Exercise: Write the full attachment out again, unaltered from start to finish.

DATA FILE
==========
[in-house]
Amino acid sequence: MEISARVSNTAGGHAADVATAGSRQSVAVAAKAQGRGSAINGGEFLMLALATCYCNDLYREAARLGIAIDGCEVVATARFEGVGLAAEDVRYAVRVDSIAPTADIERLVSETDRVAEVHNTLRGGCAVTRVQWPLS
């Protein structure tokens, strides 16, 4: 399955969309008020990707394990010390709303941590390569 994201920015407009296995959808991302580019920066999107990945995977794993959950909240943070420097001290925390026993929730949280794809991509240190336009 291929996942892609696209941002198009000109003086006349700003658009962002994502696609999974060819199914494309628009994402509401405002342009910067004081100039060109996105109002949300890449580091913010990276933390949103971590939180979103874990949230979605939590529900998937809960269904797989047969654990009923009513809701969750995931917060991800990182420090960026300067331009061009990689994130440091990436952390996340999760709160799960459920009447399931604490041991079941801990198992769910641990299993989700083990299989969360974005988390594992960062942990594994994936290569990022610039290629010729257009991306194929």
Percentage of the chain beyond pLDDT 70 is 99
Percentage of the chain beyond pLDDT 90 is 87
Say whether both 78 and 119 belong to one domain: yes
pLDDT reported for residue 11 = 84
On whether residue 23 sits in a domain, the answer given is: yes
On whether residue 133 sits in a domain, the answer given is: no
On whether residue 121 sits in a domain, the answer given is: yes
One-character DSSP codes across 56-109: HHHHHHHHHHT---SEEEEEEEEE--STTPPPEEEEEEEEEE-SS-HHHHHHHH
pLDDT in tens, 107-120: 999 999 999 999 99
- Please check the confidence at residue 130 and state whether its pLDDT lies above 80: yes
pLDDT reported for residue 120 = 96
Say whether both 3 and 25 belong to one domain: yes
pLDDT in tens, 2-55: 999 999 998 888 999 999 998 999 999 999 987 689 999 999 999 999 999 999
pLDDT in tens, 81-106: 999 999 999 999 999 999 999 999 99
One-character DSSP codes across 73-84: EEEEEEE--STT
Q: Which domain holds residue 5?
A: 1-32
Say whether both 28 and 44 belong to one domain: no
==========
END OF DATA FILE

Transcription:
[in-house]
Amino acid sequence: MEISARVSNTAGGHAADVATAGSRQSVAVAAKAQGRGSAINGGEFLMLALATCYCNDLYREAARLGIAIDGCEVVATARFEGVGLAAEDVRYAVRVDSIAPTADIERLVSETDRVAEVHNTLRGGCAVTRVQWPLS
């Protein structure tokens, strides 16, 4: 399955969309008020990707394990010390709303941590390569 994201920015407009296995959808991302580019920066999107990945995977794993959950909240943070420097001290925390026993929730949280794809991509240190336009 291929996942892609696209941002198009000109003086006349700003658009962002994502696609999974060819199914494309628009994402509401405002342009910067004081100039060109996105109002949300890449580091913010990276933390949103971590939180979103874990949230979605939590529900998937809960269904797989047969654990009923009513809701969750995931917060991800990182420090960026300067331009061009990689994130440091990436952390996340999760709160799960459920009447399931604490041991079941801990198992769910641990299993989700083990299989969360974005988390594992960062942990594994994936290569990022610039290629010729257009991306194929």
Percentage of the chain beyond pLDDT 70 is 99
Percentage of the chain beyond pLDDT 90 is 87
Say whether both 78 and 119 belong to one domain: yes
pLDDT reported for residue 11 = 84
On whether residue 23 sits in a domain, the answer given is: yes
On whether residue 133 sits in a domain, the answer given is: no
On whether residue 121 sits in a domain, the answer given is: yes
One-character DSSP codes across 56-109: HHHHHHHHHHT---SEEEEEEEEE--STTPPPEEEEEEEEEE-SS-HHHHHHHH
pLDDT in tens, 107-120: 999 999 999 999 99
- Please check the confidence at residue 130 and state whether its pLDDT lies above 80: yes
pLDDT reported for residue 120 = 96
Say whether both 3 and 25 belong to one domain: yes
pLDDT in tens, 2-55: 999 999 998 888 999 999 998 999 999 999 987 689 999 999 999 999 999 999
pLDDT in tens, 81-106: 999 999 999 999 999 999 999 999 99
One-character DSSP codes across 73-84: EEEEEEE--STT
Q: Which domain holds residue 5?
A: 1-32
Say whether both 28 and 44 belong to one domain: no